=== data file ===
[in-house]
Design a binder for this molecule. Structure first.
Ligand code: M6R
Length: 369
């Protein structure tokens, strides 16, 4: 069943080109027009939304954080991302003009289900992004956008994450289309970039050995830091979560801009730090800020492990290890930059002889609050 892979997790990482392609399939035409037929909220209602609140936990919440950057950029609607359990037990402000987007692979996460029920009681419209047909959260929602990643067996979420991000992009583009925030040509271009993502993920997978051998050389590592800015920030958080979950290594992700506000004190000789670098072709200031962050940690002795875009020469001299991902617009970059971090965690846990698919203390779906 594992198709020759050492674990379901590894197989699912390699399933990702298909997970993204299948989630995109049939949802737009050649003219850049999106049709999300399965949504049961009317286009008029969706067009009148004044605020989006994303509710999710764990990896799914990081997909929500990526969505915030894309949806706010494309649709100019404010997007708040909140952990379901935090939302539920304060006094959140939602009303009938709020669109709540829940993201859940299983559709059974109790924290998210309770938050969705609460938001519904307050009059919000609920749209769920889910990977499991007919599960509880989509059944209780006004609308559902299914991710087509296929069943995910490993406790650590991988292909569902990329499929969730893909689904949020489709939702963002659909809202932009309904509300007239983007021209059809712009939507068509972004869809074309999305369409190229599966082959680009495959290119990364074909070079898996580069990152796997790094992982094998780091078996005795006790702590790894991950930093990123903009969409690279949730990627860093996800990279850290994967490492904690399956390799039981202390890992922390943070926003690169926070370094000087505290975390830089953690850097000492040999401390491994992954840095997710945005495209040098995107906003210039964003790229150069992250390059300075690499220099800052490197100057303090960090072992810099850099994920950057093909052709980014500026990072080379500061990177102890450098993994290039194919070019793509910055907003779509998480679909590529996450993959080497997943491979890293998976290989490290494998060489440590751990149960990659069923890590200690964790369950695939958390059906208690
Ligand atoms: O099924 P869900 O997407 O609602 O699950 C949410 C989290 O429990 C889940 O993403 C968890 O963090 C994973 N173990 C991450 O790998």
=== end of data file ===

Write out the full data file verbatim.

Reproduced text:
[in-house]
Design a binder for this molecule. Structure first.
Ligand code: M6R
Length: 369
């Protein structure tokens, strides 16, 4: 069943080109027009939304954080991302003009289900992004956008994450289309970039050995830091979560801009730090800020492990290890930059002889609050 892979997790990482392609399939035409037929909220209602609140936990919440950057950029609607359990037990402000987007692979996460029920009681419209047909959260929602990643067996979420991000992009583009925030040509271009993502993920997978051998050389590592800015920030958080979950290594992700506000004190000789670098072709200031962050940690002795875009020469001299991902617009970059971090965690846990698919203390779906 594992198709020759050492674990379901590894197989699912390699399933990702298909997970993204299948989630995109049939949802737009050649003219850049999106049709999300399965949504049961009317286009008029969706067009009148004044605020989006994303509710999710764990990896799914990081997909929500990526969505915030894309949806706010494309649709100019404010997007708040909140952990379901935090939302539920304060006094959140939602009303009938709020669109709540829940993201859940299983559709059974109790924290998210309770938050969705609460938001519904307050009059919000609920749209769920889910990977499991007919599960509880989509059944209780006004609308559902299914991710087509296929069943995910490993406790650590991988292909569902990329499929969730893909689904949020489709939702963002659909809202932009309904509300007239983007021209059809712009939507068509972004869809074309999305369409190229599966082959680009495959290119990364074909070079898996580069990152796997790094992982094998780091078996005795006790702590790894991950930093990123903009969409690279949730990627860093996800990279850290994967490492904690399956390799039981202390890992922390943070926003690169926070370094000087505290975390830089953690850097000492040999401390491994992954840095997710945005495209040098995107906003210039964003790229150069992250390059300075690499220099800052490197100057303090960090072992810099850099994920950057093909052709980014500026990072080379500061990177102890450098993994290039194919070019793509910055907003779509998480679909590529996450993959080497997943491979890293998976290989490290494998060489440590751990149960990659069923890590200690964790369950695939958390059906208690
Ligand atoms: O099924 P869900 O997407 O609602 O699950 C949410 C989290 O429990 C889940 O993403 C968890 O963090 C994973 N173990 C991450 O790998």